|03-25-2019 07:01 PM|
|03-25-2019 05:59 PM|
|TomP.||What I find of the higher priced spinning reels is how smoother the drag works compared to some of the lower price models, even that is closer then it was 20 years ago. A 10# walleye on 6# test with a bad jerky drag in strong current things may not work out well. Before the advent of better drags I never used the drag I would click off the anti back reel switch and back reel way more control then drags of yesteryear. I still find my self doing this on big fish.|
|03-25-2019 03:53 PM|
Metal wears out too.
Anonymouse always took excellent care of spinning reels, taking them apart cleaning, and liberally re-coating the metal inner gear workings with petroleum jelly, several times per season.
Of course Anonymouse IS harder on reels than most fishermen, subjecting them to immersion quite often while wading - and sand is inevitable with the way Anonymouse bank fishes at times on the Wisconsin River and other locations. (Forked stick for a bank rod holder.)
Point here being, back in the 80s & 90s Anonymouse had a few Pfluegers and Shakespeares wear out in the crank hole of the body, even though they were waterproofed and had metal "O" bearings to carry the crank handle and through-rod (screw cap on the other side).
The fine grit sand eventually just wore away at the metal & the handles got wobbly due to hole wear enlargement.
Most fishermen probably won't ever have that happen, and Anonymouse still owns at least 1 Pflueger .035 from those days that is working just as well as it did when new.
But, metal isn't necessarily impervious to wear and failure any more than modern composites are.
It may be that composites actually are superior in this particular instance.
They are incredible hard materials, able to stand up to YEARS of abrasion, shock, and mishandling.
Don't get Anonymouse started on what happened to an Abu Garcia 6500C baitcasting reel spool when he used it to fly kites one spring.
|03-25-2019 01:57 PM|
To answer the op...the "plastics" they use on the lighter higher end reels today, are much stronger than the plastics of yesteryear...I have the aluminum framed Shimano fk and the ci4 & ci4+ reels (did I mention I have Daiwa BGs also) and yes the aluminum framed reels are stronger, but you would need to have a pretty large fish with the drag locked down to notice the flex in e.g. the ci4+...I keep my drag set perfectly with enough tension to wear the fish out but not too much to the point of line breakage or rod snapping levels...Having your drag set or adjusting it correctly on the fly (if need be) will take stress off of everything! The only thing I can't do with my Stradic fk is backreel...oh...that's right, I never backreel anyway (don't need to, the drags are silky smooth). I think a large part of durability issues, come down to how well you take care of your gear...anything can last, if you treat it with care or anything can be busted up if you toss it around or handle it carelessly (I take care of my gear, and it is still performing flawlessly year after year).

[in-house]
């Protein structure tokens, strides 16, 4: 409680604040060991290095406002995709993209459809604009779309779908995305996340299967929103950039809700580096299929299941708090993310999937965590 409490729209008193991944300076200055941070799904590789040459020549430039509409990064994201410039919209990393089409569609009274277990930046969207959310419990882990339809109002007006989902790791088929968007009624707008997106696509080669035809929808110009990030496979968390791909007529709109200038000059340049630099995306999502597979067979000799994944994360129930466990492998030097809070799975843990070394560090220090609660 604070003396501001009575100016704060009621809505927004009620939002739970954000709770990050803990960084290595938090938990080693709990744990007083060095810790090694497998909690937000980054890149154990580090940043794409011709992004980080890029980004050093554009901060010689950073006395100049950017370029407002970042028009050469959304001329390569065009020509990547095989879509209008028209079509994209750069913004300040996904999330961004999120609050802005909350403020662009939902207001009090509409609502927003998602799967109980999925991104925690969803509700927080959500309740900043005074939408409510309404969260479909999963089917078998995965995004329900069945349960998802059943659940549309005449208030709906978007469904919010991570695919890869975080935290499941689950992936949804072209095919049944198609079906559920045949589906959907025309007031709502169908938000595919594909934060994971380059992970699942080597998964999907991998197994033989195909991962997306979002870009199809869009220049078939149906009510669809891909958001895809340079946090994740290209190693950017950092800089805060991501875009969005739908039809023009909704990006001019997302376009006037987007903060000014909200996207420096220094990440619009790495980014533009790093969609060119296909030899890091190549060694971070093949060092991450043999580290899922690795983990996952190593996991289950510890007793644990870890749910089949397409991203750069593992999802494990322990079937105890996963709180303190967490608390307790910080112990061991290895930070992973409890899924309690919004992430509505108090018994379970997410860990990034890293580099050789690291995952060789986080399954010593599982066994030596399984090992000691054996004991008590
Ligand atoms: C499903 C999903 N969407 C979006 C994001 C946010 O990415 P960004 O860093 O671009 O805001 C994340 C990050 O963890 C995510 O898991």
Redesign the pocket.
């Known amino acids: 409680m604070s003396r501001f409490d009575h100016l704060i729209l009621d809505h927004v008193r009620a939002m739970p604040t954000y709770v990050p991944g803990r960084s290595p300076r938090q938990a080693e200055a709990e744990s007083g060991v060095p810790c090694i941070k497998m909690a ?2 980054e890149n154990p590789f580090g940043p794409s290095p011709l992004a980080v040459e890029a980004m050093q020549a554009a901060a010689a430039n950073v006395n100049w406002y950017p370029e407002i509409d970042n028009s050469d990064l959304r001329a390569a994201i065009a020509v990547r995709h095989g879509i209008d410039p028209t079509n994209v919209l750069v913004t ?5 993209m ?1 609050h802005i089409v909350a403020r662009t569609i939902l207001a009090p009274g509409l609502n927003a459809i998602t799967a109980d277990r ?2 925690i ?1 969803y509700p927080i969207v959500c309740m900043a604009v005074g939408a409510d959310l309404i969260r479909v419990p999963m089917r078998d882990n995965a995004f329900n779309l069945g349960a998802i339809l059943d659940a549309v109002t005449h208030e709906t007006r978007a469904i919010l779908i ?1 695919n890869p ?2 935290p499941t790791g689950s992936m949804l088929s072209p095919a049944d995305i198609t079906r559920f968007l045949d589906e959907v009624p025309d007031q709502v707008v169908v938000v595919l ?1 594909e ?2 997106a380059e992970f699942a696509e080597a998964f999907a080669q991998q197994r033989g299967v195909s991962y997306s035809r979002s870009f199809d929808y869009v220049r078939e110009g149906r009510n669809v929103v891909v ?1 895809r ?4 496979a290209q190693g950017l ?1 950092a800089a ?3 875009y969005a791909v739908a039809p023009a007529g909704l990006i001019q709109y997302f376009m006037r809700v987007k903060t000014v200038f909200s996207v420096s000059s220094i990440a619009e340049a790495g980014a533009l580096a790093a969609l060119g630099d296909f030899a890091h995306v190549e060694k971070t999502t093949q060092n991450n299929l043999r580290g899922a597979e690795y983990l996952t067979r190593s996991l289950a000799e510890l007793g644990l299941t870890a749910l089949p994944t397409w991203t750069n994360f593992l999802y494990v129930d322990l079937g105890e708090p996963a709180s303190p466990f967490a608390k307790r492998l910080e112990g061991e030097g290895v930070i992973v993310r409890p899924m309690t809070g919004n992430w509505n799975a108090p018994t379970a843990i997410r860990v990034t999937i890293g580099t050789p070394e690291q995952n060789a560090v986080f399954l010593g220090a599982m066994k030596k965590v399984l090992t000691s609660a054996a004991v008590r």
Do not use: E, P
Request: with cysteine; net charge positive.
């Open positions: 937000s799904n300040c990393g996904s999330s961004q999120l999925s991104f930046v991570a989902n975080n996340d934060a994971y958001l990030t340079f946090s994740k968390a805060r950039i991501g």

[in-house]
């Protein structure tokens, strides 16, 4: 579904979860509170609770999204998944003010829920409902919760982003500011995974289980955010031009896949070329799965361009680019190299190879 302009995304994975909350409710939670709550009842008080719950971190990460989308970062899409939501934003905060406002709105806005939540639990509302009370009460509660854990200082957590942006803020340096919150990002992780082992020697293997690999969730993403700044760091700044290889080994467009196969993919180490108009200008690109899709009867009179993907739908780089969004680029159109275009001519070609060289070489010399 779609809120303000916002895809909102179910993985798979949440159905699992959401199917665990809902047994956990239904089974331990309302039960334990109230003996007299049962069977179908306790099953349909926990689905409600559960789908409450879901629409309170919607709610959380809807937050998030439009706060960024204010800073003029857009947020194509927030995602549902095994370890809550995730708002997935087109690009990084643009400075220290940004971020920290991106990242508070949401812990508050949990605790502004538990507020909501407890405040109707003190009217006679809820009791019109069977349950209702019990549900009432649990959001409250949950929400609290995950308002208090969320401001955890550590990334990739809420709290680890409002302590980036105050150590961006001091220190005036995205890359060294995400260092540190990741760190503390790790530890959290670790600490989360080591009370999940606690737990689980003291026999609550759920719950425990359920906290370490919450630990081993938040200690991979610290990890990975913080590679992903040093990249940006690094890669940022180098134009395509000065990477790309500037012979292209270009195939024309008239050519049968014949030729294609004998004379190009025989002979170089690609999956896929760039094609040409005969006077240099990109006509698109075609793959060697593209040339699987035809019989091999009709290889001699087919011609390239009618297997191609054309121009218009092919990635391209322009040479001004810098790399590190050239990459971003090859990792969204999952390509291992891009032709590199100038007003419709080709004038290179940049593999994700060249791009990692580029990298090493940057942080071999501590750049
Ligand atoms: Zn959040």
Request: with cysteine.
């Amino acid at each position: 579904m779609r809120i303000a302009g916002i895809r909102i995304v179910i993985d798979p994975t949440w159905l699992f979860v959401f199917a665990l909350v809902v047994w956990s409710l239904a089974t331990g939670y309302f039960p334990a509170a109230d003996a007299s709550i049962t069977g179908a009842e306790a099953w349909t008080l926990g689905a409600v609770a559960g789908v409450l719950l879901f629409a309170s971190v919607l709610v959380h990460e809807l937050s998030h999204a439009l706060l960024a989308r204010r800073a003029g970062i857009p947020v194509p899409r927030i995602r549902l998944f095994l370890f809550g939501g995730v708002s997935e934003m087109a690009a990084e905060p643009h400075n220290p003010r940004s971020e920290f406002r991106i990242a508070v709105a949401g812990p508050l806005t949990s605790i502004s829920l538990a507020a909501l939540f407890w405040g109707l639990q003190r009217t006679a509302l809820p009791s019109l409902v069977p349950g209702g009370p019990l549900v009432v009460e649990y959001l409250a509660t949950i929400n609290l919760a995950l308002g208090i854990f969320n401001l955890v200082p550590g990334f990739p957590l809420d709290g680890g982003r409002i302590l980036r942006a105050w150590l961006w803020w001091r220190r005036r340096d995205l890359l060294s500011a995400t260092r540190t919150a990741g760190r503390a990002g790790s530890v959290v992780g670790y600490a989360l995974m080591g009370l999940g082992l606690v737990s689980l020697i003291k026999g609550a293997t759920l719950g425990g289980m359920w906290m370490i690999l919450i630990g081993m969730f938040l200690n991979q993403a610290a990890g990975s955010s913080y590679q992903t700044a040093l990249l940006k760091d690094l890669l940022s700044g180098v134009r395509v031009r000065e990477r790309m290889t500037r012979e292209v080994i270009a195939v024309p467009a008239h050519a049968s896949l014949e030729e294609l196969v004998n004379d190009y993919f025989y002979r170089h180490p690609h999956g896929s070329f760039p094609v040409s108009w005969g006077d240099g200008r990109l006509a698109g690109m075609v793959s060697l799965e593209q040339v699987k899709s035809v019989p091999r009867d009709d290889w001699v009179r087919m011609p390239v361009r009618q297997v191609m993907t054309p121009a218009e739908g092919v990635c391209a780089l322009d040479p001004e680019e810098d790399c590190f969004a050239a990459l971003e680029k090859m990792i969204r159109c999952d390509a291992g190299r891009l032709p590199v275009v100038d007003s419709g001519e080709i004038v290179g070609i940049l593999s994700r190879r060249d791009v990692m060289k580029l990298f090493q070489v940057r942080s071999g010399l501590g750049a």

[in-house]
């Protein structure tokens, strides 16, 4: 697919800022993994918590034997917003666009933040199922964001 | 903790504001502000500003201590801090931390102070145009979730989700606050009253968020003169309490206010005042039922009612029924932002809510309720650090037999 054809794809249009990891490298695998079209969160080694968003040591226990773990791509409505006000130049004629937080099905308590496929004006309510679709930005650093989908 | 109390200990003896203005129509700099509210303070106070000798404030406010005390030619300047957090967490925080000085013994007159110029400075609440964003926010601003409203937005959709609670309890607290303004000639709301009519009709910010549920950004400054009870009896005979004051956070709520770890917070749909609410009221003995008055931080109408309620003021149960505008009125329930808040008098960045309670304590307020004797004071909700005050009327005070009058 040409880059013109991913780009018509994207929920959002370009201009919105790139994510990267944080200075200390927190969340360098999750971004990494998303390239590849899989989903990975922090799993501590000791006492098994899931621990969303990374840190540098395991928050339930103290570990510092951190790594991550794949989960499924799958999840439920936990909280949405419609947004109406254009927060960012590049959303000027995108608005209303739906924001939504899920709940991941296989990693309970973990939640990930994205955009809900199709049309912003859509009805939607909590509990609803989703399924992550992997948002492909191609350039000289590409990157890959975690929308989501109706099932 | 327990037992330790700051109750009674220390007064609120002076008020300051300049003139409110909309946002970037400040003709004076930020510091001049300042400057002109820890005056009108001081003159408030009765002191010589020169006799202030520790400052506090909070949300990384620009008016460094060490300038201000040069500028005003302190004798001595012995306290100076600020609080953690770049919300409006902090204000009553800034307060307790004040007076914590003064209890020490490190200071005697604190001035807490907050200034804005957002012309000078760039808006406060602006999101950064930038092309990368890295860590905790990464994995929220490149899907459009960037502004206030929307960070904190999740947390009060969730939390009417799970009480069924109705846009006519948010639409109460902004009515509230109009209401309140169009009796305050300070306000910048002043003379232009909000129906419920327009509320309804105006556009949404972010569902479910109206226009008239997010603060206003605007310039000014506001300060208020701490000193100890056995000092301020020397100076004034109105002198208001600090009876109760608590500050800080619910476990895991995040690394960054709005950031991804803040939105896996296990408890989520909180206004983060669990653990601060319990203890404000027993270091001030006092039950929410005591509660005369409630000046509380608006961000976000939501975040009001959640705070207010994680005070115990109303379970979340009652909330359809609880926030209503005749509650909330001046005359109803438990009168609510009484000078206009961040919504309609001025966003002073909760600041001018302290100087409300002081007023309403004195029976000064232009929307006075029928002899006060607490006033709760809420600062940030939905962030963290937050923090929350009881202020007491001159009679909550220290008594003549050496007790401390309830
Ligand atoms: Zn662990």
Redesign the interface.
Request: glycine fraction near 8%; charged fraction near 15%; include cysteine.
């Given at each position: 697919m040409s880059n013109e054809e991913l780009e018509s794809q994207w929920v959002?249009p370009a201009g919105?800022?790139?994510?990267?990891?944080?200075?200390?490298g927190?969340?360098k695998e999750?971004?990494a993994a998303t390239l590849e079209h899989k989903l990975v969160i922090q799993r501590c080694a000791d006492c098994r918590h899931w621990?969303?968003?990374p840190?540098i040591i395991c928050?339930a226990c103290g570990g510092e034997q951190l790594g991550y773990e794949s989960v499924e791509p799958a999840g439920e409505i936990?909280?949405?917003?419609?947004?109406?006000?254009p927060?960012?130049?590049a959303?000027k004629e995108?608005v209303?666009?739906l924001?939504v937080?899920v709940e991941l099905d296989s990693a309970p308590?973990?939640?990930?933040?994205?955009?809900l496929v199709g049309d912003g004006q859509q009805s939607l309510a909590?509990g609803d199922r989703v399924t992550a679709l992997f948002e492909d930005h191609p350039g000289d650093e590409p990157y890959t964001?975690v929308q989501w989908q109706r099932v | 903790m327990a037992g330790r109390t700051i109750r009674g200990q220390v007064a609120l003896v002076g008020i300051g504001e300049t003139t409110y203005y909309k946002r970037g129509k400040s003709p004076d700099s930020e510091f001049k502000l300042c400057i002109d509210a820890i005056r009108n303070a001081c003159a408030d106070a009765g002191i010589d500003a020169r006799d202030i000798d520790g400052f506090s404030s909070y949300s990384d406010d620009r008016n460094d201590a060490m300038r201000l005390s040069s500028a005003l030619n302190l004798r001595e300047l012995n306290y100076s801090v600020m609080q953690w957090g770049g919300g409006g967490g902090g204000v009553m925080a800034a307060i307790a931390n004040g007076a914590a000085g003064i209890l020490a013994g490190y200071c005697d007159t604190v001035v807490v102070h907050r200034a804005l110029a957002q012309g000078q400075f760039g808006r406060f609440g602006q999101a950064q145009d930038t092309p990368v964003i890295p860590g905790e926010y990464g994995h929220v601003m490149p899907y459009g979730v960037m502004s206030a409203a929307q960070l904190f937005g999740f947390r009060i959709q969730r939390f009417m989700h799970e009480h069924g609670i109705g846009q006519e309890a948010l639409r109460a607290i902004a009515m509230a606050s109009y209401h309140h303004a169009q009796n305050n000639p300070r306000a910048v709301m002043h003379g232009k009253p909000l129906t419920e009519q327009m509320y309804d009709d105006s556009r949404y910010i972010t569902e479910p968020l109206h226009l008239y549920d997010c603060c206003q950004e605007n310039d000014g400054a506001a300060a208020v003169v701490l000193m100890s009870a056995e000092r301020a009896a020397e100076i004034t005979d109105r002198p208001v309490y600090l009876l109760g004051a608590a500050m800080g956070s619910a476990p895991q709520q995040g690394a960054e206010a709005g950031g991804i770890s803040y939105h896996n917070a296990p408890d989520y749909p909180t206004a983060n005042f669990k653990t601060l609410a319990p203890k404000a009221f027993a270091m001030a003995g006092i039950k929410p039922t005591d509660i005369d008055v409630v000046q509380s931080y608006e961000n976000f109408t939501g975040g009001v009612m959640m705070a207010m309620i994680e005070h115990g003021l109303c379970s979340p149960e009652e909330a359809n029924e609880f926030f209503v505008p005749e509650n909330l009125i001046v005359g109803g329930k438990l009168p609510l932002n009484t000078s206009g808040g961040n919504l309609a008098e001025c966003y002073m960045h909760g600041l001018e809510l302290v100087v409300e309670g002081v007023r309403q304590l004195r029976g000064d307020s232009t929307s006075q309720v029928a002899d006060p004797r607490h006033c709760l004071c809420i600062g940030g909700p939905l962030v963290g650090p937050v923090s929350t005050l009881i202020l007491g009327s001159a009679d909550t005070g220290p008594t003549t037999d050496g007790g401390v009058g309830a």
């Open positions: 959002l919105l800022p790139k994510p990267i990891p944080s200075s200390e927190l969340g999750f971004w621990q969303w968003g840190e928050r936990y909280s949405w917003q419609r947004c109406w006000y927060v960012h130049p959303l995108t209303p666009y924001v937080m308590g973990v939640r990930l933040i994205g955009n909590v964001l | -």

|03-25-2019 12:36 PM|
It's IMHO that you don't need to spend anywhere near $170 for a good spinning reel......the very most I ever paid has been $79 and have many $49 and $59 reals that have produced and been flawless for YEARS.
It's your money, but if you think you're going to catch more fish because you spent $179 or more on a reel, then you are only fooling yourself and not the fish.
I only look for 5 or more ball bearing in the reel before giving it a second look and of course less the $80........
|03-25-2019 12:02 PM|
I donít worry too much about plastic frames...itís the gears that count and I really want metal gears. They last a lifetime like my old Swedish made Ambassaduers.
|03-25-2019 09:29 AM|
|ECIRandy||Last fall while bass fishing I caught my largest musky using all bass gear (8 lb Berkley Nanofil and a Shimano Stradic FJ on a St. Croix 6'6" MH Avid rod). I was surprised at how well my gear worked. Thank God that I hooked him just right and he didn't cut my line (no leader).|
|03-25-2019 08:53 AM|
|Moff||They hold up really really well. The big BUT is if you need something for heavy stress loads they make stronger frame alternatives. Shimano makes the aluminum Stradic FK. Daiwa offers the BG on the lower end and then you get the Certate on the higher end. Any northern/midwest walleye or smallmouth and some light duty pike fishing the Stradic CI4 and the Tatula/Ballistic hold up really well. Needing a stronger frame for pike, catfish, trout, etc use the stronger ones.|
|03-24-2019 09:53 PM|
Spinning Reel Reliability
When I was younger, before the big movement toward lighter and lighter reels, the conventional thinking seemed to be that a metal body was the way to go for quality and long term reliability. It was the less expensive reels that would have plastic or composite bodies. Now I see that many of the reels in the $170-250 price range have composite bodies which I’m sure helps reduce weight. I’m thinking of the Daiwa Tatula and the Shimano Stradic C4 reels. The quantum smoke has retained the metal body although it is a bit heavier. I know there are a lot of Daiwa and Shimano fans on this board and just wondering how these composite bodies hold up over time.